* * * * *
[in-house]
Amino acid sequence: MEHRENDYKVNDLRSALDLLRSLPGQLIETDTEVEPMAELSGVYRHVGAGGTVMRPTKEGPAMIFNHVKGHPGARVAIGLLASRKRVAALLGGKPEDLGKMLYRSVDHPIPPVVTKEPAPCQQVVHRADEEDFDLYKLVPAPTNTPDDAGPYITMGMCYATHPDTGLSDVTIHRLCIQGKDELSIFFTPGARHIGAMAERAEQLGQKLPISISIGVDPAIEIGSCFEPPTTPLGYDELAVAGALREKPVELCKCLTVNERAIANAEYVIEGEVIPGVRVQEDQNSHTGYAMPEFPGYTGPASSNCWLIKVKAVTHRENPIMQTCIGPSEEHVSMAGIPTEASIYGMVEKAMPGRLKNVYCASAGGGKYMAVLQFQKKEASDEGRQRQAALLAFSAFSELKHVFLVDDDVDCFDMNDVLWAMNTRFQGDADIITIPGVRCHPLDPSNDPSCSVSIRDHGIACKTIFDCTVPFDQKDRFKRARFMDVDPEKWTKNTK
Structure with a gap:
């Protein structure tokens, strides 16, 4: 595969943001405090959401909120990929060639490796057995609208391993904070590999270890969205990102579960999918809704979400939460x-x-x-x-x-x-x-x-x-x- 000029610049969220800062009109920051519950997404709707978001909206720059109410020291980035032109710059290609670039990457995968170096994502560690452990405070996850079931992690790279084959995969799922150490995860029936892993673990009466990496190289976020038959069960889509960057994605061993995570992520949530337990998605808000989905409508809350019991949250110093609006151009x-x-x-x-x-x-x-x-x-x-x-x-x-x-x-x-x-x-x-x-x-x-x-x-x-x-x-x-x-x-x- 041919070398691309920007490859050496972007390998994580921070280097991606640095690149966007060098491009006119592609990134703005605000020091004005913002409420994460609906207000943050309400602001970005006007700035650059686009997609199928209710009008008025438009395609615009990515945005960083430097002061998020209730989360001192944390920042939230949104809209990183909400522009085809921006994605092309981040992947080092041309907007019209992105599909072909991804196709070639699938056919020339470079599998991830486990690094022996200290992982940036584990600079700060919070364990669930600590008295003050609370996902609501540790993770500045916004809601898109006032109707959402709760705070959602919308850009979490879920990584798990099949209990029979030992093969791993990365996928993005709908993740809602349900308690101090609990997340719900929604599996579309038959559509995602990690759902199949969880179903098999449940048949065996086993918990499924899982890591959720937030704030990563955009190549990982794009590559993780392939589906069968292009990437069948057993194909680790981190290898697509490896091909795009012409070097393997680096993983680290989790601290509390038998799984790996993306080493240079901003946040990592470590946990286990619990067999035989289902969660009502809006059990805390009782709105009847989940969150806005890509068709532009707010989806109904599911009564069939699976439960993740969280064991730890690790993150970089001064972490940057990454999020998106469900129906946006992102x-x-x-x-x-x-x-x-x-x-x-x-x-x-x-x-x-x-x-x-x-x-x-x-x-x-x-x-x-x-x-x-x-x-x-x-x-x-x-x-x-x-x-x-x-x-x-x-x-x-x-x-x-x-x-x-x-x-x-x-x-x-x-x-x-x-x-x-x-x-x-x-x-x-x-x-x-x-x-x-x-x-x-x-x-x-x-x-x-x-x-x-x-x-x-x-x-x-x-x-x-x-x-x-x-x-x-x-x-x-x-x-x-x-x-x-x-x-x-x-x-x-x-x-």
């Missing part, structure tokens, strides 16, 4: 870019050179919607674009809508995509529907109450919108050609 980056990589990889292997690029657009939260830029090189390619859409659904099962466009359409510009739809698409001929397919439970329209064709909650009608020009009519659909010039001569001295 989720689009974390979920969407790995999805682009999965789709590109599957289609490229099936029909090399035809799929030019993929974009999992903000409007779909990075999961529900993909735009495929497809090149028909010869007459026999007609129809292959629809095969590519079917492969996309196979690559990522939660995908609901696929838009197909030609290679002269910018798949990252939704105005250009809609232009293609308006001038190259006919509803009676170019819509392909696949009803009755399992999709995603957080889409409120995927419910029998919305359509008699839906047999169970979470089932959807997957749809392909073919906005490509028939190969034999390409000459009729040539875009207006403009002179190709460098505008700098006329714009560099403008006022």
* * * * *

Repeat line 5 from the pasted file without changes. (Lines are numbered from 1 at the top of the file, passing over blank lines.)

């Missing part, structure tokens, strides 16, 4: 870019050179919607674009809508995509529907109450919108050609 980056990589990889292997690029657009939260830029090189390619859409659904099962466009359409510009739809698409001929397919439970329209064709909650009608020009009519659909010039001569001295 989720689009974390979920969407790995999805682009999965789709590109599957289609490229099936029909090399035809799929030019993929974009999992903000409007779909990075999961529900993909735009495929497809090149028909010869007459026999007609129809292959629809095969590519079917492969996309196979690559990522939660995908609901696929838009197909030609290679002269910018798949990252939704105005250009809609232009293609308006001038190259006919509803009676170019819509392909696949009803009755399992999709995603957080889409409120995927419910029998919305359509008699839906047999169970979470089932959807997957749809392909073919906005490509028939190969034999390409000459009729040539875009207006403009002179190709460098505008700098006329714009560099403008006022």